The problem though is not that the soldiers are being deployed. It is because they are not getting eneogh time between combat tours to recieve the help they need and to help there families.

    The Divorce rate in the Army is very high right now because the families are falling apart with the soldiers gone all the time.

    The government needs to address this problem and get the help to the soldiers that they need.

    Post Combat Stress Disorder is a very real thing!
     
  3. comiso90

    comiso90 Active Member

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    I knew a guy that hung himself in his dorm room before a 3 - day weekend. He wasnt discovered for 4 days....
     
  4. DBII

    DBII Active Member

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    We had a 19 - 20 year old solider that shot himself in the head while on guard duty. The Command told his parents that there was an accidental discharge of his .45 cal. Colt while he was cleaning it. We were on the German border at the time. The Army in their wisdom would only let us have one 45 round, M16s, were issued 5 rounds each.

    DBII
     
  5. joy17782

    joy17782 Member

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    One guy in my unit in korea shot himself, after his wife had him served with divorce papers . He just came over from Ait . what i saw of him he was a ok guy .But adler is right . The army needs to do more for the guys .And the VA needs too screen these guys too after there out .Its the right thing too do for are vets
     
  6. DBII

    DBII Active Member

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    Agreed.

    DBII
     
  7. Wildcat

    Wildcat Well-Known Member

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    Yeah I knew a guy in my old unit who hung himself. Was only about 22.
     
  8. ccheese

    ccheese Member In Perpetuity
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    I never knew of anyone who took his own life, while I was in the Navy, but
    in Nam I talked to the medics who told me about guys shooting themselves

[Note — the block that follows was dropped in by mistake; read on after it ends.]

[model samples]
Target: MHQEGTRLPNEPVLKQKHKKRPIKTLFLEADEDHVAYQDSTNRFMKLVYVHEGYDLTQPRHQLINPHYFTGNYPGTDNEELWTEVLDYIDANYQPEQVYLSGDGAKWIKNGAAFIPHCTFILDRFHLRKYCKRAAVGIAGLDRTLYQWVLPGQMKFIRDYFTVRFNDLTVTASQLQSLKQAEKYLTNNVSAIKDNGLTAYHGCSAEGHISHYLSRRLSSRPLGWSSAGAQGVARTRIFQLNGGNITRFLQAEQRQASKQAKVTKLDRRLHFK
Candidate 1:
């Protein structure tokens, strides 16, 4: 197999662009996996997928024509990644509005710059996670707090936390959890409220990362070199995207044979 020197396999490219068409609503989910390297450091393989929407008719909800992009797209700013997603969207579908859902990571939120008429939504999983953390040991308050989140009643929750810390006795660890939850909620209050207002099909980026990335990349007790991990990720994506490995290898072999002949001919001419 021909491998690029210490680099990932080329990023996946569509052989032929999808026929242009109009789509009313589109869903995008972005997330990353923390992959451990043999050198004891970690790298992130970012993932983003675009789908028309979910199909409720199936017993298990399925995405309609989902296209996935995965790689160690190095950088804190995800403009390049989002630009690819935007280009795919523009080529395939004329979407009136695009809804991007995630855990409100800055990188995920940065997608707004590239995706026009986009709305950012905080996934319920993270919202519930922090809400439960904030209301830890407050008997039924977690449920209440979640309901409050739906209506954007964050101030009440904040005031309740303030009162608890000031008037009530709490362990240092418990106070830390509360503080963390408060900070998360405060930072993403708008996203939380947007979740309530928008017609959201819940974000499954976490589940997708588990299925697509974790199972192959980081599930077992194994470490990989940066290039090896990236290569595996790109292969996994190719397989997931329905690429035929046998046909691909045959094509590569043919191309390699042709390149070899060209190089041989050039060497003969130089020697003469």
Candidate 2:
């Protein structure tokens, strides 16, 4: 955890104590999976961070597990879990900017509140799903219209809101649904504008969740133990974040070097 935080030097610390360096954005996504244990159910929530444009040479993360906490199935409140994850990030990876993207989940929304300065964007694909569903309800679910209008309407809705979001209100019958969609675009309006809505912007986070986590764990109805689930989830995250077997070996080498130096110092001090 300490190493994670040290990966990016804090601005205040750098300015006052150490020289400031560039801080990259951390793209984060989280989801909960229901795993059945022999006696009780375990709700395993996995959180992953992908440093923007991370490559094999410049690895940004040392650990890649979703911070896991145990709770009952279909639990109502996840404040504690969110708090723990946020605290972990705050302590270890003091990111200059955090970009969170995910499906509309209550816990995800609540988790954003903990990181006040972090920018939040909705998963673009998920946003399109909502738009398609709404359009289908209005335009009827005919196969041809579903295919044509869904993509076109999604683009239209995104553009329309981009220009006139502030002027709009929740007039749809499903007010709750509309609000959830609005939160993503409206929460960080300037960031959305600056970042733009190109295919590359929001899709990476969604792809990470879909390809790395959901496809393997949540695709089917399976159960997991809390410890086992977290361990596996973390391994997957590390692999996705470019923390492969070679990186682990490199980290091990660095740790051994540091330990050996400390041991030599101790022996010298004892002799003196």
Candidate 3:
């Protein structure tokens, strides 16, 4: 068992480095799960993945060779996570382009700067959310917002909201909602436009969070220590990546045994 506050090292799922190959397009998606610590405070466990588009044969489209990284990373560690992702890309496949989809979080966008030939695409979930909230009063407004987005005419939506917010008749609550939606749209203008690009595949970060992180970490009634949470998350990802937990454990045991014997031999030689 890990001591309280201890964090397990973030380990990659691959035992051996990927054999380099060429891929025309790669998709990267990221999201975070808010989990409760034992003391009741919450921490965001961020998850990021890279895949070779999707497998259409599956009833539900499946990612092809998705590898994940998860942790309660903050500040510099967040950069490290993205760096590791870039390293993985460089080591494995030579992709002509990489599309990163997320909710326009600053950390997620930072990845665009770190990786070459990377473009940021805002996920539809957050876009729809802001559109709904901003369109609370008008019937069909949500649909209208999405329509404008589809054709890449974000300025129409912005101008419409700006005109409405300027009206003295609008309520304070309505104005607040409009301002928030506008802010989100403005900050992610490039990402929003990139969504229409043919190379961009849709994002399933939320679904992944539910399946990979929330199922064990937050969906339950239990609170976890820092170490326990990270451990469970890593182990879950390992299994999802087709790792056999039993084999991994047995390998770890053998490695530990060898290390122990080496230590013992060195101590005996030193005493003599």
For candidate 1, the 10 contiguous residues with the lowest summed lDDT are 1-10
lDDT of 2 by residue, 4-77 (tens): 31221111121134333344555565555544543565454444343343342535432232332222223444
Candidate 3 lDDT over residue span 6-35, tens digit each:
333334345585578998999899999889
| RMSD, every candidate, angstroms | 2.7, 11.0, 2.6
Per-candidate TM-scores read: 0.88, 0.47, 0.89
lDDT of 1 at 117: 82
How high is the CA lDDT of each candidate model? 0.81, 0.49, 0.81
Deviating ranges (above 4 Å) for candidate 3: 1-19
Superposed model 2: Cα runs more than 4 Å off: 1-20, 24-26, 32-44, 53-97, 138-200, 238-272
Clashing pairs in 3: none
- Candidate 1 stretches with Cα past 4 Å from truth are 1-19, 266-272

in the hand or foot to get sent out of Nam .... Usually to Japan. PTSD is
    alive and well... believe me.

    Charles
     
  9. wilbur1

    wilbur1 Active Member

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    So true charles, in the navy were gone for longer periods with no word from our families except for writing, the weird thing is that nav has a psch. screening going on during boot and later, (sorry nowadays they do) but still our sui rate is down compared to the fight for independence, very little is written about it, but it was high. the english had the worst.
     
  10. SeaSkua

    SeaSkua Member

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    Isnt the rate of military suicide actualy LOWER than the national average for CIVILIANS?
     
  11. wilbur1

    wilbur1 Active Member

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    Yes i believe it is but you have to look at the number of enlisted and the number of civilians
     
  12. kitin

    kitin New Member

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    that is so sad...things like this really bring pressure and some just can't handle it and takes suicide as the way to get out of it...sad but true...
     
  13. F-14

    F-14 Member

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    this is a issue not only limited to the Armed forces of the USA sadly so even in india we have similar Suicide rates due to the same factors and most of it happens in the J&K state . after all the solider is also a human
     
  14. Wurger

    Wurger Siggy Master
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    In the past, many young Polish soldiers committed suicide from different reasons.But now this tendency has decreased because the time of being a soldier got shorter.Among professionals these cases are very very rare.
     
  15. Soren

    Soren Banned

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    The guys often don't know what they're venturing into, that's the problem, and people are getting sick from it, depression stress quickly showing its ugly face. Preperation education is the means of getting out this situation, but guess what "It's too expensive"! :rolleyes:

    I truly feel sad for all the families who lost their loved ones to suicide because the military didn't prepare, educate or care for them well enough.